Increasing protectionist policies in the United States have attempted to protect solar manufacturing jobs; however, they have created negative repercussions for the majority of the industry. This paper aims to analyze the 2018 30% US tariff on all imported photovoltaic cells and modules and whether or not it has been an effective policy to protect and encourage the solar industry. To do so, the paper will analyze similar tariffs enacted in 2012 and 2014 by the United States to understand how the tariffs have been impacting the solar energy’s labor market and photovoltaic module and cell price fluctuations. By researching past trends, this paper will argue the 2018 tariff is a failed policy because it negatively impacts the majority of the solar market by increasing the price of photovoltaic cells and modules, and the tariff is set at an insufficient rate to protect domestic solar manufacturers efficiently. Future policy change is then needed to encourage solar jobs by focusing more on the installation sector, rather than the manufacturing industry.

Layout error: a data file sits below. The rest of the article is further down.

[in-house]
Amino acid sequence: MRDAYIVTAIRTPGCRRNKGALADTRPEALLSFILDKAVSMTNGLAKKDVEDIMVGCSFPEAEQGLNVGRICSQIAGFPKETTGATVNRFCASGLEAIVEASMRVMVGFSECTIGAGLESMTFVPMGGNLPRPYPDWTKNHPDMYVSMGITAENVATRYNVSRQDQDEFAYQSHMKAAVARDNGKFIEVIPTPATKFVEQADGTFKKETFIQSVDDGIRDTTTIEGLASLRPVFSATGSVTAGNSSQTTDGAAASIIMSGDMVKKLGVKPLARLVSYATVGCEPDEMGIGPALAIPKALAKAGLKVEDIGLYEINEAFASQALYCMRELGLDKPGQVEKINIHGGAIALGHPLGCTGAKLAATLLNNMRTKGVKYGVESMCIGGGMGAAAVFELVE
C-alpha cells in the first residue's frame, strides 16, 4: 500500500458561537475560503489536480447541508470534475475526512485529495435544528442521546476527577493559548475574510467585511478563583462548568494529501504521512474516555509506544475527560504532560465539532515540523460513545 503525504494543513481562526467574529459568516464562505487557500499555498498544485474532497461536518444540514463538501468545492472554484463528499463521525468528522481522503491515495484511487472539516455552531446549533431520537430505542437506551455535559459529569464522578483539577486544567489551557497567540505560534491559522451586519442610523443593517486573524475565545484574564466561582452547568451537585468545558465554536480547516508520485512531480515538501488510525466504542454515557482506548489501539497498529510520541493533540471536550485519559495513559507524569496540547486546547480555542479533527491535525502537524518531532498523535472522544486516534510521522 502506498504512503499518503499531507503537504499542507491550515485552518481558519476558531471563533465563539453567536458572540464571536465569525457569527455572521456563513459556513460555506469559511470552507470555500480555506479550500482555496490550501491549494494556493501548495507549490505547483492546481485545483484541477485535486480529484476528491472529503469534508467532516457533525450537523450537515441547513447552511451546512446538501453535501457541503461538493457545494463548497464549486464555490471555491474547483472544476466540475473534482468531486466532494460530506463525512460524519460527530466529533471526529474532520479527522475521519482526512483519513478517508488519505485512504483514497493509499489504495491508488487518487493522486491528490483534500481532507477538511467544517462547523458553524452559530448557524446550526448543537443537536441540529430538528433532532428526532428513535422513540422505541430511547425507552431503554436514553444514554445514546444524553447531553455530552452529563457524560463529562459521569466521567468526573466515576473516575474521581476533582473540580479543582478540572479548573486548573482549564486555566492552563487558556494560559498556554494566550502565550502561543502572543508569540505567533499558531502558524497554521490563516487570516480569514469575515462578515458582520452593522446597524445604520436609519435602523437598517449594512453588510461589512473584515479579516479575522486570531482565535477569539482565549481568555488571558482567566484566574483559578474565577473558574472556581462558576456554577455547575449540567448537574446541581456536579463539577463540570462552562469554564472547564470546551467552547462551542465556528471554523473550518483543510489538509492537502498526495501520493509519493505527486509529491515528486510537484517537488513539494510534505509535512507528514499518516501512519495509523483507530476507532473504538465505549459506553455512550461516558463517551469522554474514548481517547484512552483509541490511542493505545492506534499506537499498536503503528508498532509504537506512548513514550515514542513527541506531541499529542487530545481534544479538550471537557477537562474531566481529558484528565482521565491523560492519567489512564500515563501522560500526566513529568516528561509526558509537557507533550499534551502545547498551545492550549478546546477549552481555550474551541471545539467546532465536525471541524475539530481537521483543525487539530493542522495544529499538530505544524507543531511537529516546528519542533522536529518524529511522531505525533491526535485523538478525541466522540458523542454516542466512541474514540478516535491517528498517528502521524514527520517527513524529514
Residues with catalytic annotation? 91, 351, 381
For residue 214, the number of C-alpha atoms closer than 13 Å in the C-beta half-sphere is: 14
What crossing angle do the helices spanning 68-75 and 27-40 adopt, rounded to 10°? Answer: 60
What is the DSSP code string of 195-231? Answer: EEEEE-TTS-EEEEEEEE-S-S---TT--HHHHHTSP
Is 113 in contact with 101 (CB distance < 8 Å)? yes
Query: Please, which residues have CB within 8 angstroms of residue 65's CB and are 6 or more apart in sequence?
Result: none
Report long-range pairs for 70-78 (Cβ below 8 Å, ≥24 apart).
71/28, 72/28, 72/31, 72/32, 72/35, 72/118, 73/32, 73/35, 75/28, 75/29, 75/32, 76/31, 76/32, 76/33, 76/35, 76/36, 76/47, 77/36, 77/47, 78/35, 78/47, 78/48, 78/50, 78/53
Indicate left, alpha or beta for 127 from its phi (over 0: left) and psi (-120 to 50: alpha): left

First Advisor

Kate Stirling

Date of Completion

Winter 12-19-2019

Degree Type


Degree Name

Bachelor of Arts in Economics

Date of Award

Spring 5-17-2020